Edmond Electric's History
From the, History of Edmond, OK, by Fordice"Page 34, Electric Power Plant"
"The bond election of 1908 was not only to cover the installing of water and sewage systems but also the construction of an electric power plant. The issue was for $85,000 in 1909. A small electric plant was erected to be used in furnishing power for the pumps and also to furnish electric power for the town. By 1921 the town demand had out grown the capacity of the plant. The town council in January, 1921, contracted with the Oklahoma Railway Company to furnish electric power at a flat rate, to be distributed to the citizen's through the local plant and offices. Approximately 2,000 kilowatts are received and distributed daily."
January 11, 1907Mayor Ringer listened to a proposition from A.H. Vance to furnish the city with a waterworks and light plant.
March 5, 1907At the Chamber of Commerce meeting this month it was unanimous by all members present that an effort be made at once to get the matter of the water works and electric light plant on its feet. A petition was made to the mayor to call a special election to vote bonds adequate enough to cover waterworks and more than likely an electric light plant. The Chamber of Commerce stated that they are determined to boost Edmond and that they mean to secure advantages such as water works, electric light, sewer, gas, etc.
August 15, 1907It was moved by M.E. Wood that the council take up the electric light franchise no. 32. The motion carried and the electric franchise was approved. Voting were Webster, Huffman, Bryant, Farrar, Barber, and Wood. There were a total of six yeas and no nays.
August 19, 1908On Saturday the power and light plant was officially turned over to the city. It cost $45,000 to build and there were 25 arc light regulators and transformers as well as eight miles of copper wire and pole lines with complete equipment of arc lights, transformers, and other fixtures.
June 20, 1918Ordinance #137 states that all electric current shall be used through meters at the following rates:
50 kilowatts and under shall be $0.125 per kilowatt, 50 to 125 kilowatts shall be $0.10 per kilowatt, more than 125 kilowatts shall be $0.09 per kilowatt. A minimum charge of a $1 shall be made from and after July 1, 1918. Meters shall be read by the superintendent between the 20th and 25th of the month and all revenues will be turned over to the city clerk and they shall keep a record and collect. (From City Council Minutes of the Meeting Book)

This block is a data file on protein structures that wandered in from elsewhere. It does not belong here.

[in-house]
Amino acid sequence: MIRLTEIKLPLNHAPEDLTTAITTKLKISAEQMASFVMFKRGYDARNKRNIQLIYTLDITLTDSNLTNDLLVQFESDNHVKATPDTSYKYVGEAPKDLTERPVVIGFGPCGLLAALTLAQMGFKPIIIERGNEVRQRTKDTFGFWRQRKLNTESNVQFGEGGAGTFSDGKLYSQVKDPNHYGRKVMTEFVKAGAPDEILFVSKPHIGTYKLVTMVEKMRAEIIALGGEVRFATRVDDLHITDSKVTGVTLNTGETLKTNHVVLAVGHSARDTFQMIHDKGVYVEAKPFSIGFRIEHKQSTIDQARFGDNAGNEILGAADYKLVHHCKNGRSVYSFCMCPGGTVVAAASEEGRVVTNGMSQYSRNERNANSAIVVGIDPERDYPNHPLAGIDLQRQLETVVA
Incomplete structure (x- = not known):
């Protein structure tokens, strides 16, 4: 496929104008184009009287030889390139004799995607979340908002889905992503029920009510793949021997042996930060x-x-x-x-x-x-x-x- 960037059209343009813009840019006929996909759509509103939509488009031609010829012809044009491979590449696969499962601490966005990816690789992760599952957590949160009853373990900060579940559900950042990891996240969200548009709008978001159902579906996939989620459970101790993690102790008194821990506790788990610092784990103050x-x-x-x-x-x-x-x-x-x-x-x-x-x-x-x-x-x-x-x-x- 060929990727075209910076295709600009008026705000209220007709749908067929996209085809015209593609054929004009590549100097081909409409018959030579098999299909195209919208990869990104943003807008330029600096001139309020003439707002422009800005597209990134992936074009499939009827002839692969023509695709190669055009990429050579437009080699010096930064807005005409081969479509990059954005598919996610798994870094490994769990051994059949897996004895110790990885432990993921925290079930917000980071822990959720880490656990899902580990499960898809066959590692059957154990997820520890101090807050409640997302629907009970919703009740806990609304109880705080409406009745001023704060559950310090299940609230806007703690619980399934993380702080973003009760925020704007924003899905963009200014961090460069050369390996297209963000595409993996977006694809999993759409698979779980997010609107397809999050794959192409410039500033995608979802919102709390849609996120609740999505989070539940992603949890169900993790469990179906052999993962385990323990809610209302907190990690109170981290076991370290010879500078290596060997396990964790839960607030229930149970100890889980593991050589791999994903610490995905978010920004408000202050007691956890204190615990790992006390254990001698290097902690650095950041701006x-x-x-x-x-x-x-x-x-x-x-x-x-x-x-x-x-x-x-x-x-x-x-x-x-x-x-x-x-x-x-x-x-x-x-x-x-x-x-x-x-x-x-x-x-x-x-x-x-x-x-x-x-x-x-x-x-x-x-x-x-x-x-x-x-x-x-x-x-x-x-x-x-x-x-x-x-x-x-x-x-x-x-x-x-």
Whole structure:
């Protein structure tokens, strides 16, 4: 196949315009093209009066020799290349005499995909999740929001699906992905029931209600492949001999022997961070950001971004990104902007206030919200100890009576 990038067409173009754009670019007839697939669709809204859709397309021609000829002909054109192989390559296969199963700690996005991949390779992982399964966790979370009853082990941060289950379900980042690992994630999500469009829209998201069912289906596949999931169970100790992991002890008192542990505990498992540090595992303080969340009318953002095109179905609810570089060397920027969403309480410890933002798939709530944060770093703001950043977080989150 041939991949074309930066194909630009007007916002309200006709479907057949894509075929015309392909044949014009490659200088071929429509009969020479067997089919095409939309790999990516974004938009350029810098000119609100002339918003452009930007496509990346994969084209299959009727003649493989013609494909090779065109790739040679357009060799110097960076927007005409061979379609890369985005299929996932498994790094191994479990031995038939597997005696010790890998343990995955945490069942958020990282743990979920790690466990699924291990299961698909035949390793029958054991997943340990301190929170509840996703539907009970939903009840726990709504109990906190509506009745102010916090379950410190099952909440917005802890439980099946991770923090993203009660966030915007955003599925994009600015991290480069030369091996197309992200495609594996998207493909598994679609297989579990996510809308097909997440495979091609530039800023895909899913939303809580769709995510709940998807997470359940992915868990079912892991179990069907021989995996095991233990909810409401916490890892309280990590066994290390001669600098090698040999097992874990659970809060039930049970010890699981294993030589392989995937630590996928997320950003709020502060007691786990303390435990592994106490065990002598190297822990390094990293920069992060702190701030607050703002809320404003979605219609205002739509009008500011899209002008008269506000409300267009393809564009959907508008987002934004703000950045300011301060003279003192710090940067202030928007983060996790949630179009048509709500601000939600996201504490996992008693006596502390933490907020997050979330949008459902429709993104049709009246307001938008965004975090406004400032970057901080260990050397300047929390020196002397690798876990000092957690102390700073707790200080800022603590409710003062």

July 22, 1920Edmond to have "Great White Way." Council voted to place ten clusters of lights on each side of Broadway, between Second, and Main Streets, the two main business streets."
March 8, 1934The Edmond Sun installed a typesetting machine as well as discarded its gas engine and has substituted electric power.
December 9, 1937An article in the Edmond Sun on the front page printed the resolution that the city should build its own power plant. It states that they should put forth every effort to procure said municipal plant, and inform the public of the steps, procedure, and expenses to procure the same. The resolution was submitted by Otis Stark, City Clerk; Dr. J.C. Morgan; and Bud Kale, Mayor.
December 16, 1937An article in the Edmond Sun by Nick McGowan regarding the council resolution on the city buying its own electric plant, he stated, "The people should back the City Council in any action they take."
August 18, 1938The City of Edmond has reduced the electric rates according to Jack Griffin, the city manager. They went to the one meter system so it gave every consumer a reduced rate.
The new rates:
- 1st Step30 KW @ $0.07
- 2nd Step20 KW @ $0.06
- 3rd Step150 KW @ $0.045
- 4th Step800 KW @ $0.04
- 5th Step1000 KW @ $0.035
- 6th Step3000 KW @ $0.03
- All over this @ $0.02 The minimum is a $1
June 27, 1946The city reduces rates for electric users. The reduction will shave between $1.56 to $9.00 per year for users. "The City of Edmond depends almost entirely upon the revenue from the light department to finance all branches of the city government."
July 12, 1954Councilman Bryant recommended that the following rates by implemented on or after July 15, 1954. Motion seconded by Councilman Adamson, motion carried.
- Residential: first 14 kWh or less $1, next 36 kWh $0.07, next 100 kWh $0.045 , all over 150kWh $0.02
- Commercial: first 14 kWh or less $1, next 36 kWh $0.07, next 950 kWh $0.04, all over 1,000 kWh $0.02